(Cross posted from blog: Feminists in Student AffairsThe featured photo on this post is of my mother, Susan Shea, and me on my 40th birthday)

You wouldn’t know it by looking at the array of women’s magazine covers at the grocery store check out line, but aging ISN’T actually the worst thing to happen to women. Consider the headlines on a recent SHAPE magazine: “Age-Proof Your Body: The Best Moves & Foods To Do It” and “Sharon Stone: 56 & Hotter Than Ever: Her Stay-Sexy Secrets Inside”. Statements like these contribute to the anti-aging, diet, and beauty mega-industry whose ads fill nearly every page inside. These products, ranging from wonder creams to hair dye, promise a more youthful appearance and are marketed nearly exclusively to women. It’s no secret that we live in a culture obsessed with youth.

Today, on my fortieth birthday, I feel compelled to share my thoughts on aging and how the blatant double standards in our society harms all of us but specifically targets and undermines women. Much of the focus on aging has to do, after all with appearance and how one presents to the world. As we’ve discussed in other posts on this site, professional dress standards also disproportionately impact women in the work place and specifically in student affairs. Regarding age and appearance – I contend that we internalize the pervasive anti-aging media messages and these in turn impact how, as we grow older, our effectiveness is perceived and judged in personal and professional contexts.

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I began serving as a co-host of Student Affairs Live on the Higher Ed Live network in January of 2014. I was offered the opportunity to serve as one of two hosts after the previous host, my good friend Ed Cabellon, left to pursue other endeavors, including doctoral studies. It’s a humbling and rewarding experience to have a colleague believe in your abilities in this way and I really can’t stress enough how much I appreciate Ed’s faith in me to continue what he and others started. I co-host with another student affairs professional, Chris Butler. Four shows later, I’m deeply grateful for the opportunity to invite a larger dialogue around topics that are of interest in the field and contribute to an accessible alternative professional development outlet. I take this responsibility very seriously and have deeply enjoyed it so far.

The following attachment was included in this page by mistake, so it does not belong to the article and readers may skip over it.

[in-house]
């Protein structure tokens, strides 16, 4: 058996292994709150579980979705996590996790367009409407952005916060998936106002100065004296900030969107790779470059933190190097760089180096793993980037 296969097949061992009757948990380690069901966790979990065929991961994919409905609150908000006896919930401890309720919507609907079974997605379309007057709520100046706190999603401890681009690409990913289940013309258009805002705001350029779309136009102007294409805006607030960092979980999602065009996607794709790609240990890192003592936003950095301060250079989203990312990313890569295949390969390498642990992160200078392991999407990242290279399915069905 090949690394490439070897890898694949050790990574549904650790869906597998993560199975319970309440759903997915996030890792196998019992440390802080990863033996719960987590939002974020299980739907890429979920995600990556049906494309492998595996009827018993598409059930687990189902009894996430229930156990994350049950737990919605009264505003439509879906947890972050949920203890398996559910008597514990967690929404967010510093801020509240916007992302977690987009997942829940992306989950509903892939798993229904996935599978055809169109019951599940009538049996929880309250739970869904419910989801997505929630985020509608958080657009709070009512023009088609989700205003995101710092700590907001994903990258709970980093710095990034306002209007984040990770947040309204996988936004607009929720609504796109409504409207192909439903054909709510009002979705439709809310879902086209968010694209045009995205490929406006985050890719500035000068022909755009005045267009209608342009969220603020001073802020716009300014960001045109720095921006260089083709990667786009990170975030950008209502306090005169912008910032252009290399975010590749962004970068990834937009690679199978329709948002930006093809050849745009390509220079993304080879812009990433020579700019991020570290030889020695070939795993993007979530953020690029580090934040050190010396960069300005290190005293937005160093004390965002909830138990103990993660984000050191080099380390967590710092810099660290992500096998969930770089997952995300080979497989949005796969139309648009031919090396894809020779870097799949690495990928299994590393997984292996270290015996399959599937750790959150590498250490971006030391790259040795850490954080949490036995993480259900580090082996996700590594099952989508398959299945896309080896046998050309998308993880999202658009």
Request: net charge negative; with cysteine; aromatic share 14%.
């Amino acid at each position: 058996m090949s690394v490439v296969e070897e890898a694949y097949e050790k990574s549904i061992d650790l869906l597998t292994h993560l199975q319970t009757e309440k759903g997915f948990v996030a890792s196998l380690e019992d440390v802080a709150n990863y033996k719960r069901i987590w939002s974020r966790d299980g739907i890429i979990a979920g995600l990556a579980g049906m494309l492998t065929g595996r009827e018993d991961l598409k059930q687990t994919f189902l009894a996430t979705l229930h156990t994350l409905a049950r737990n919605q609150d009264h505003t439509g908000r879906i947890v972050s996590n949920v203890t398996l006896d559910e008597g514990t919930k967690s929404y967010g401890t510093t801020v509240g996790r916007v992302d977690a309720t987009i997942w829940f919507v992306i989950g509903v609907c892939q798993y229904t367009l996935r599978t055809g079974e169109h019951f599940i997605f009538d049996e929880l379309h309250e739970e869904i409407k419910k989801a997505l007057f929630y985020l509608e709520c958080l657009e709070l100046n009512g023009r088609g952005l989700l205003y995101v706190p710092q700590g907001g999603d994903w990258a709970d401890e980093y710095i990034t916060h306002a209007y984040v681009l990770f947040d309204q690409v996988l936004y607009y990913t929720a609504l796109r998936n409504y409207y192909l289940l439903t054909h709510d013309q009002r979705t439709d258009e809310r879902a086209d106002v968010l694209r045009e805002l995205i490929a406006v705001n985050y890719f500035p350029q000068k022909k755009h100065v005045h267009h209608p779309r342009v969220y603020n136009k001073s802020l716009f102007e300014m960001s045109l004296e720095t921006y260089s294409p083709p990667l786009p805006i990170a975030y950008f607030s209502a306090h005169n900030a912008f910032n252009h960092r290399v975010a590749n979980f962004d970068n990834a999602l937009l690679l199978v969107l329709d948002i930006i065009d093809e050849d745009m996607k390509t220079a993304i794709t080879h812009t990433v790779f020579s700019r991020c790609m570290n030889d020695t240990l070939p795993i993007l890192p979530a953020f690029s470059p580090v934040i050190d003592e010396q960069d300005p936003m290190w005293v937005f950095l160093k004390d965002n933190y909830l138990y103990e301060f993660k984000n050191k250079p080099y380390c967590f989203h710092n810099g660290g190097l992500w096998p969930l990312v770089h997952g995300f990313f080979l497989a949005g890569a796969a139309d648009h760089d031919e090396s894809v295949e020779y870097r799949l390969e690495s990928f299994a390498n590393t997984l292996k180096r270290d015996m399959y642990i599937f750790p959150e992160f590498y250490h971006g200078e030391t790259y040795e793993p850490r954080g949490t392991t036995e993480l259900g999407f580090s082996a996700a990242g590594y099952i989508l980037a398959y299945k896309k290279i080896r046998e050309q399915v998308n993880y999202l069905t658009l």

A little about #HigherEdLive:

Higher Ed Live is a unique channel, comprised of several different live-streamed shows, most hosted on a bi-monthly basis, which include Student Affairs Live, Admissions Live, Advancement Live, and the parent show, Higher Ed Live. Viewers can watch the shows live via YouTube/Google+Hangouts or view recordings in syndication or subscribe to the podcast. To stay informed about future episodes, follow #HigherEdLive on twitter or subscribe to the newsletter. (more…)